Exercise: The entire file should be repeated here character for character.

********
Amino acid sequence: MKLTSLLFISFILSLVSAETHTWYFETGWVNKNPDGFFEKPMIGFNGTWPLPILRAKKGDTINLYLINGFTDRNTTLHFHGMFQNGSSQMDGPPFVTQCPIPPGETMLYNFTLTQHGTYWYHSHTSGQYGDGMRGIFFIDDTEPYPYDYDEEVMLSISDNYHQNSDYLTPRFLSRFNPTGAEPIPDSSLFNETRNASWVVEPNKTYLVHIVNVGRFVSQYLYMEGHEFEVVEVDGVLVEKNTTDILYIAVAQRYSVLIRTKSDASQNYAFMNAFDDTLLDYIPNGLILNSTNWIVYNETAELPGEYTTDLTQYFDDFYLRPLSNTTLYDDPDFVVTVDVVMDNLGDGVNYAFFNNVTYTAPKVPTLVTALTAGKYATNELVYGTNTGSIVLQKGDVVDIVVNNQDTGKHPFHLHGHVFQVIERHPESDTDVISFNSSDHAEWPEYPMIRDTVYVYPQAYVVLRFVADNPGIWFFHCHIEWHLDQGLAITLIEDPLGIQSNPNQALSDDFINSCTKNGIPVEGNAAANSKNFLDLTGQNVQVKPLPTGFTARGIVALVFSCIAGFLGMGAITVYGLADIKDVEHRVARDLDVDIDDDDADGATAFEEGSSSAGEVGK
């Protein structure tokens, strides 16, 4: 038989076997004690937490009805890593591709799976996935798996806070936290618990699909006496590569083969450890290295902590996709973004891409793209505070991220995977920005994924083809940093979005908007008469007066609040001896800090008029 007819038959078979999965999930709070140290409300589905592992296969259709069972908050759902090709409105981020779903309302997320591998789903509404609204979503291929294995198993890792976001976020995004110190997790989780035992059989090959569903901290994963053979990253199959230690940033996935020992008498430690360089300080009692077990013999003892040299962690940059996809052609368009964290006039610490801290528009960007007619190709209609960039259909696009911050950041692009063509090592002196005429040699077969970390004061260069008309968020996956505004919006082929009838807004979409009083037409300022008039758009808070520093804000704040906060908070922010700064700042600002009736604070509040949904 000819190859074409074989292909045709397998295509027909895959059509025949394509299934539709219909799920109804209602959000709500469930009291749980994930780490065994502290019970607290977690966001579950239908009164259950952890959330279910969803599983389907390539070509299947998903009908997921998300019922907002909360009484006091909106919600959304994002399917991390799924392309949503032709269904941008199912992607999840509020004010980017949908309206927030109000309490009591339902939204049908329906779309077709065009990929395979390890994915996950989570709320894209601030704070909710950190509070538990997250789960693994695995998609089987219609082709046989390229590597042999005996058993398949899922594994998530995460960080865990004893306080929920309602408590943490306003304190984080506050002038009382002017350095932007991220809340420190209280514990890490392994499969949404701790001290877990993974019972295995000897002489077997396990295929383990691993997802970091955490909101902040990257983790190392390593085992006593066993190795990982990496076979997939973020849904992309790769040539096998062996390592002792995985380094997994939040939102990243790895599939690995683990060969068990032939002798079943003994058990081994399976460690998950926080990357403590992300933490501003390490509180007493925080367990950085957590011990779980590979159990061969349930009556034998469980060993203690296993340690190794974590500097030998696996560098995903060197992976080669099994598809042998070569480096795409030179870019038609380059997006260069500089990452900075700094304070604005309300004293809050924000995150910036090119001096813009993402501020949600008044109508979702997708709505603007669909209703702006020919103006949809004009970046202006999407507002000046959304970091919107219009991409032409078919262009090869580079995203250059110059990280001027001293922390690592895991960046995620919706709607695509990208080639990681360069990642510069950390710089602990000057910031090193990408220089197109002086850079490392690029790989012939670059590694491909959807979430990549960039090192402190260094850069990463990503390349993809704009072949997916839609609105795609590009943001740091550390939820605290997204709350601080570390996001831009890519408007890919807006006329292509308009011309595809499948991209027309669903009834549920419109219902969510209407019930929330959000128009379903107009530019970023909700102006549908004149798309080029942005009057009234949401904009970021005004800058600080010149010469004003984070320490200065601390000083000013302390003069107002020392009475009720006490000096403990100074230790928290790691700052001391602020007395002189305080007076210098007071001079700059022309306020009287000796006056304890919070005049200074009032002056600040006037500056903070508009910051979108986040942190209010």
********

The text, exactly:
Amino acid sequence: MKLTSLLFISFILSLVSAETHTWYFETGWVNKNPDGFFEKPMIGFNGTWPLPILRAKKGDTINLYLINGFTDRNTTLHFHGMFQNGSSQMDGPPFVTQCPIPPGETMLYNFTLTQHGTYWYHSHTSGQYGDGMRGIFFIDDTEPYPYDYDEEVMLSISDNYHQNSDYLTPRFLSRFNPTGAEPIPDSSLFNETRNASWVVEPNKTYLVHIVNVGRFVSQYLYMEGHEFEVVEVDGVLVEKNTTDILYIAVAQRYSVLIRTKSDASQNYAFMNAFDDTLLDYIPNGLILNSTNWIVYNETAELPGEYTTDLTQYFDDFYLRPLSNTTLYDDPDFVVTVDVVMDNLGDGVNYAFFNNVTYTAPKVPTLVTALTAGKYATNELVYGTNTGSIVLQKGDVVDIVVNNQDTGKHPFHLHGHVFQVIERHPESDTDVISFNSSDHAEWPEYPMIRDTVYVYPQAYVVLRFVADNPGIWFFHCHIEWHLDQGLAITLIEDPLGIQSNPNQALSDDFINSCTKNGIPVEGNAAANSKNFLDLTGQNVQVKPLPTGFTARGIVALVFSCIAGFLGMGAITVYGLADIKDVEHRVARDLDVDIDDDDADGATAFEEGSSSAGEVGK
């Protein structure tokens, strides 16, 4: 038989076997004690937490009805890593591709799976996935798996806070936290618990699909006496590569083969450890290295902590996709973004891409793209505070991220995977920005994924083809940093979005908007008469007066609040001896800090008029 007819038959078979999965999930709070140290409300589905592992296969259709069972908050759902090709409105981020779903309302997320591998789903509404609204979503291929294995198993890792976001976020995004110190997790989780035992059989090959569903901290994963053979990253199959230690940033996935020992008498430690360089300080009692077990013999003892040299962690940059996809052609368009964290006039610490801290528009960007007619190709209609960039259909696009911050950041692009063509090592002196005429040699077969970390004061260069008309968020996956505004919006082929009838807004979409009083037409300022008039758009808070520093804000704040906060908070922010700064700042600002009736604070509040949904 000819190859074409074989292909045709397998295509027909895959059509025949394509299934539709219909799920109804209602959000709500469930009291749980994930780490065994502290019970607290977690966001579950239908009164259950952890959330279910969803599983389907390539070509299947998903009908997921998300019922907002909360009484006091909106919600959304994002399917991390799924392309949503032709269904941008199912992607999840509020004010980017949908309206927030109000309490009591339902939204049908329906779309077709065009990929395979390890994915996950989570709320894209601030704070909710950190509070538990997250789960693994695995998609089987219609082709046989390229590597042999005996058993398949899922594994998530995460960080865990004893306080929920309602408590943490306003304190984080506050002038009382002017350095932007991220809340420190209280514990890490392994499969949404701790001290877990993974019972295995000897002489077997396990295929383990691993997802970091955490909101902040990257983790190392390593085992006593066993190795990982990496076979997939973020849904992309790769040539096998062996390592002792995985380094997994939040939102990243790895599939690995683990060969068990032939002798079943003994058990081994399976460690998950926080990357403590992300933490501003390490509180007493925080367990950085957590011990779980590979159990061969349930009556034998469980060993203690296993340690190794974590500097030998696996560098995903060197992976080669099994598809042998070569480096795409030179870019038609380059997006260069500089990452900075700094304070604005309300004293809050924000995150910036090119001096813009993402501020949600008044109508979702997708709505603007669909209703702006020919103006949809004009970046202006999407507002000046959304970091919107219009991409032409078919262009090869580079995203250059110059990280001027001293922390690592895991960046995620919706709607695509990208080639990681360069990642510069950390710089602990000057910031090193990408220089197109002086850079490392690029790989012939670059590694491909959807979430990549960039090192402190260094850069990463990503390349993809704009072949997916839609609105795609590009943001740091550390939820605290997204709350601080570390996001831009890519408007890919807006006329292509308009011309595809499948991209027309669903009834549920419109219902969510209407019930929330959000128009379903107009530019970023909700102006549908004149798309080029942005009057009234949401904009970021005004800058600080010149010469004003984070320490200065601390000083000013302390003069107002020392009475009720006490000096403990100074230790928290790691700052001391602020007395002189305080007076210098007071001079700059022309306020009287000796006056304890919070005049200074009032002056600040006037500056903070508009910051979108986040942190209010």